If all of this (major disaster) is happening and you happen to pull out your radio, I bet the traffic will be much different. There will be a lot less tolerance for contesters.  8)

Quietguy

  • Full Member
  • ***
  • Posts: 168
  • SMeter: +8/-1
    • View Profile
Re: Practice, practice, practice...non radio stuff.
« Reply #24 on: June 26, 2014, 06:51:28 PM »
The reason for considering alternatives is to think through the process rather than making assumptions.  Solar is not a viable option for me (and many other people) because of climate and shading from many trees - but I have access to lots of wood.  Showing lights at night is not much of a concern for me since I can't normally see my neighbor's lights anyway (nor can they see mine) - I don't live in suburbia.  My well pump wants 240 volt power and it would be handy to be able to use it.  I have a large water storage tank that would allow me to go several days between fill cycles.  If I have renewable power to charge batteries maybe I can cut a deal with a neighbor to get eggs in return for charging their batteries - that is more likely to be the scenario in my neighborhood than hordes of zombies looting and pillaging.  I am not physically able to farm, but I may be able to do other things in exchange for what other people produce.  My old blacksmith tools might come in handy in that situation.  Isn't that the way life worked before the Industrial Age?

I am not assuming we will go from everyday normal to TEOTWAWKI overnight - I am assuming there are a multitude of scenarios that can range from power outages of a few minutes to a year or so and then on up to forever.  In my opinion, each situation calls for a different solution, or range of solutions, and I don't see any point in taking cards off the table without at least looking at them.

I believe Options Are A Good Thing (tm) but that requires exploring options, even if ultimately they sink farther down the priority list or drop completely off the list.

I'm familiar with life in Florida without air conditioning - Florida is my home state and I'm old enough that very few homes were air conditioned when I was young.  I was in my third year of college when I moved into an air conditioned apartment in Gainesville and decided that was an improvement over living without it.

Wally

gil

  • Administrator
  • Hero Member
  • *****
  • Posts: 2872
  • SMeter: +75/-3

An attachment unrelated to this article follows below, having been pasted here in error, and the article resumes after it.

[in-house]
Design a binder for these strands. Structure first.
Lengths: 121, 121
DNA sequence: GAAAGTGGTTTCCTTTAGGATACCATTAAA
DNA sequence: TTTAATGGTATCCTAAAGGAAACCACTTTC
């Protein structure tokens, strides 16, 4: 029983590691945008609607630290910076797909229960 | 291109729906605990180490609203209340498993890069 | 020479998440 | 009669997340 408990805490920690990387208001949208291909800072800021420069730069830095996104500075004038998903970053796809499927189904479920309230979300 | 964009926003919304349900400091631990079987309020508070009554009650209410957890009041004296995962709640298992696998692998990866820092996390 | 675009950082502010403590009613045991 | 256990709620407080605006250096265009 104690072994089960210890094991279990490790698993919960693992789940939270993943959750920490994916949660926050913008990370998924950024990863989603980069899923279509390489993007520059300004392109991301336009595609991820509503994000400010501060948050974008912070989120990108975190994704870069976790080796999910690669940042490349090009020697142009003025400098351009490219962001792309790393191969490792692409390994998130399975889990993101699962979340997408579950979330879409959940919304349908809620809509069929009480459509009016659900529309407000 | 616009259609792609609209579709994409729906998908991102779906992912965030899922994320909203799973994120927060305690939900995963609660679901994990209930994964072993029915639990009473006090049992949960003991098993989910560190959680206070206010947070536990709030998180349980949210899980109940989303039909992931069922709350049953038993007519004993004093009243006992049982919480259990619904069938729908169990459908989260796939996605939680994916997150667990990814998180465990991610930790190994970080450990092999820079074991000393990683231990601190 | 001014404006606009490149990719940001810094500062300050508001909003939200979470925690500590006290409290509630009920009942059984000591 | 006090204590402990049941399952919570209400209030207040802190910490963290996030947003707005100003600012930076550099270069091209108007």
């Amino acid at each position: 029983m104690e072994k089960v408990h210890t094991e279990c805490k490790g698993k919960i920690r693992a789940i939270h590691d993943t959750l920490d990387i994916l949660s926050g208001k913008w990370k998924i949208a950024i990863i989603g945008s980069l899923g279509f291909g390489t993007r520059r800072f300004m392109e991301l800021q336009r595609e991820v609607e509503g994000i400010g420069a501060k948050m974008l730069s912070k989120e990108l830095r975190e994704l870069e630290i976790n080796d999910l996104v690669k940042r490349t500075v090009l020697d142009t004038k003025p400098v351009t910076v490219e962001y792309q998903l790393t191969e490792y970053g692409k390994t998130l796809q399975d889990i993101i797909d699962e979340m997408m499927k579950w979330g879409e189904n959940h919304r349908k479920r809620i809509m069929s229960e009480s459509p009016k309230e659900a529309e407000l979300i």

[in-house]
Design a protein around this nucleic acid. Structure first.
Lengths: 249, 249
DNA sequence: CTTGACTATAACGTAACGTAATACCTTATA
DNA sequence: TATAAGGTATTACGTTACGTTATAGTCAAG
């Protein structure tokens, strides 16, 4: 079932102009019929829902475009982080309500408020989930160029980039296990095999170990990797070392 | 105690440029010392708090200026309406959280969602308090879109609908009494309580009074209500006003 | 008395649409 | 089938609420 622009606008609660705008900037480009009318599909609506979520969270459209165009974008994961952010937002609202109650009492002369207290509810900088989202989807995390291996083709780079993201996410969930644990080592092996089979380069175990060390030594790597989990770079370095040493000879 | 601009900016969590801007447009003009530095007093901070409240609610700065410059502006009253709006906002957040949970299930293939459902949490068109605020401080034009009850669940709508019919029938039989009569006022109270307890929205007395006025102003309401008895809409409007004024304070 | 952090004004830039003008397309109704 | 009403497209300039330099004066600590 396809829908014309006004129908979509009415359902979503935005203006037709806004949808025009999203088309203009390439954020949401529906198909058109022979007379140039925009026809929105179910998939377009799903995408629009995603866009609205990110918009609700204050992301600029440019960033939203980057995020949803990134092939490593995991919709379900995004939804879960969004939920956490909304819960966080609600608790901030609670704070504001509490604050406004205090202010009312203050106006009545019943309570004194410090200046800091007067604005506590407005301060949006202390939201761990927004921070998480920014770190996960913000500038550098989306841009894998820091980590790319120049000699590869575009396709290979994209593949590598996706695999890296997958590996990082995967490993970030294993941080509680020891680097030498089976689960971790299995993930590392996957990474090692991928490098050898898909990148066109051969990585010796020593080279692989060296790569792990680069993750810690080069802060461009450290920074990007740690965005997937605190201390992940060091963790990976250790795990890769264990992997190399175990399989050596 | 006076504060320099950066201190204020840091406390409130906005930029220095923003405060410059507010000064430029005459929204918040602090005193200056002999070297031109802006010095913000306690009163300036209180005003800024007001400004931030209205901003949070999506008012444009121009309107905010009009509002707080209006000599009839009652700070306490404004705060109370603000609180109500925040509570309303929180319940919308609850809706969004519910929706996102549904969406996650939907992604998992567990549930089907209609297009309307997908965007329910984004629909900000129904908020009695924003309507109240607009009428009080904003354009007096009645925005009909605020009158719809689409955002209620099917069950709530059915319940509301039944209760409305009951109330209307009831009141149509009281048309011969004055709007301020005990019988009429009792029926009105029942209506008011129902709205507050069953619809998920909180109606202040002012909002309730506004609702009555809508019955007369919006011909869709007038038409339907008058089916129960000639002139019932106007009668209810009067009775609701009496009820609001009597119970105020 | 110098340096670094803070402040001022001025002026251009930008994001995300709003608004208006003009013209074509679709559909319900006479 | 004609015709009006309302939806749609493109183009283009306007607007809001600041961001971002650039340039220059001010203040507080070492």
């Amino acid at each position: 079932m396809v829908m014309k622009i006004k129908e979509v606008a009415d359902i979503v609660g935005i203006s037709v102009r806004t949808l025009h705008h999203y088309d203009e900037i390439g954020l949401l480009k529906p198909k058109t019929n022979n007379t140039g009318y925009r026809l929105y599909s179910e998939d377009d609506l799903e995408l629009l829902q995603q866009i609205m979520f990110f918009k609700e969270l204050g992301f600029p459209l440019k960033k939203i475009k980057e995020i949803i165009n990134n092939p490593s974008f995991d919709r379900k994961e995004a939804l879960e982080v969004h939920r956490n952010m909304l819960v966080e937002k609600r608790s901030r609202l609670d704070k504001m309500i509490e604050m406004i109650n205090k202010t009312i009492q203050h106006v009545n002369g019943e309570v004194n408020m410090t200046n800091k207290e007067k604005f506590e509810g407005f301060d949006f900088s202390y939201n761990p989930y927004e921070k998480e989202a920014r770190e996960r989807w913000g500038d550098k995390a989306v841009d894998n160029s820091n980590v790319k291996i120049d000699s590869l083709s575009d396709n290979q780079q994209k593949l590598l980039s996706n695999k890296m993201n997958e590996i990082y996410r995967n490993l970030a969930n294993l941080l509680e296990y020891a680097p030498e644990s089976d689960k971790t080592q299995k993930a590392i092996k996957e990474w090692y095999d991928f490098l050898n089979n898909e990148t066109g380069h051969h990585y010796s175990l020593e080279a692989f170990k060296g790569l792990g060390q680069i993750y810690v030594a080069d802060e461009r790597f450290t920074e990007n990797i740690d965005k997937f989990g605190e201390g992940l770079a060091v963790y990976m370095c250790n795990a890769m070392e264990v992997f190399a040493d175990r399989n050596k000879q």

• View Profile
    • Radio Preppers
Re: Practice, practice, practice...non radio stuff.
« Reply #25 on: June 26, 2014, 08:13:06 PM »
Quote
Solar is not a viable option for me (and many other people) because of climate and shading from many trees - but I have access to lots of wood.

Good point, I often forget not everyone lives in Florida! After you cut all those trees though, you'll have sun come through ;)

Gil.

Jim Boswell

  • Full Member
  • ***
  • Posts: 121
  • SMeter: +4/-0
    • View Profile
Re: Practice, practice, practice...non radio stuff.
« Reply #26 on: August 04, 2014, 12:09:56 PM »
Camping, fishing and hunting serve as excellent "practice" for preppers, along with being good family activities. Something to remember, propane can be stored for a very long time and still function 100%. When I refill my propane bottles I refill 6 or 9 bottles at a time and the propane dealer charges me the bulk gallon price, cheaper than the price for each cylinder. Most gasoline goes bad in about 1 month if you don't add stabilizer when you buy the gasoline.
Part of your practice should also be to remember to check the dates on your food stores and rotate food stocks. This is one short coming in my current system, I don't have near enough food stores. That will be on my hot sheet for 2015. Think about 50 lbs of rice and beans should be a good start. 73'S  KA5SIW

RadioRay

  • Administrator
  • Hero Member
  • *****
  • Posts: 777
  • SMeter: +43/-2
    • View Profile
Re: Practice, practice, practice...non radio stuff.
« Reply #27 on: August 04, 2014, 09:48:36 PM »